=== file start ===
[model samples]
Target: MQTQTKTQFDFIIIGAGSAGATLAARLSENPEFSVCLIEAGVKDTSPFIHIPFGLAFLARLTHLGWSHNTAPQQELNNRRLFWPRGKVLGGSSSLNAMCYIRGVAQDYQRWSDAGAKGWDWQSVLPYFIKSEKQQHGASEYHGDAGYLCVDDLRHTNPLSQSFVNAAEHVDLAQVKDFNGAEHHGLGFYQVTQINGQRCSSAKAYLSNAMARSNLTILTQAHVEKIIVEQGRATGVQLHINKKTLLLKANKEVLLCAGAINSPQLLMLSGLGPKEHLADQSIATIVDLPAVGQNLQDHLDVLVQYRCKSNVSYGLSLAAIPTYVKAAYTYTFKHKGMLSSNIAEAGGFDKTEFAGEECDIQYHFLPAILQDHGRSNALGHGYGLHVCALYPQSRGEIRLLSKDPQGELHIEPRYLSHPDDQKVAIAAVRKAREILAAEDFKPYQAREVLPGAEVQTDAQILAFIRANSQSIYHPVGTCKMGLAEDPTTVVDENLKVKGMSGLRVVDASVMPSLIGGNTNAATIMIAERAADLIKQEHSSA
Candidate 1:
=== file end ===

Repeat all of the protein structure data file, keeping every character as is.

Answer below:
[model samples]
Target: MQTQTKTQFDFIIIGAGSAGATLAARLSENPEFSVCLIEAGVKDTSPFIHIPFGLAFLARLTHLGWSHNTAPQQELNNRRLFWPRGKVLGGSSSLNAMCYIRGVAQDYQRWSDAGAKGWDWQSVLPYFIKSEKQQHGASEYHGDAGYLCVDDLRHTNPLSQSFVNAAEHVDLAQVKDFNGAEHHGLGFYQVTQINGQRCSSAKAYLSNAMARSNLTILTQAHVEKIIVEQGRATGVQLHINKKTLLLKANKEVLLCAGAINSPQLLMLSGLGPKEHLADQSIATIVDLPAVGQNLQDHLDVLVQYRCKSNVSYGLSLAAIPTYVKAAYTYTFKHKGMLSSNIAEAGGFDKTEFAGEECDIQYHFLPAILQDHGRSNALGHGYGLHVCALYPQSRGEIRLLSKDPQGELHIEPRYLSHPDDQKVAIAAVRKAREILAAEDFKPYQAREVLPGAEVQTDAQILAFIRANSQSIYHPVGTCKMGLAEDPTTVVDENLKVKGMSGLRVVDASVMPSLIGGNTNAATIMIAERAADLIKQEHSSA
Candidate 1: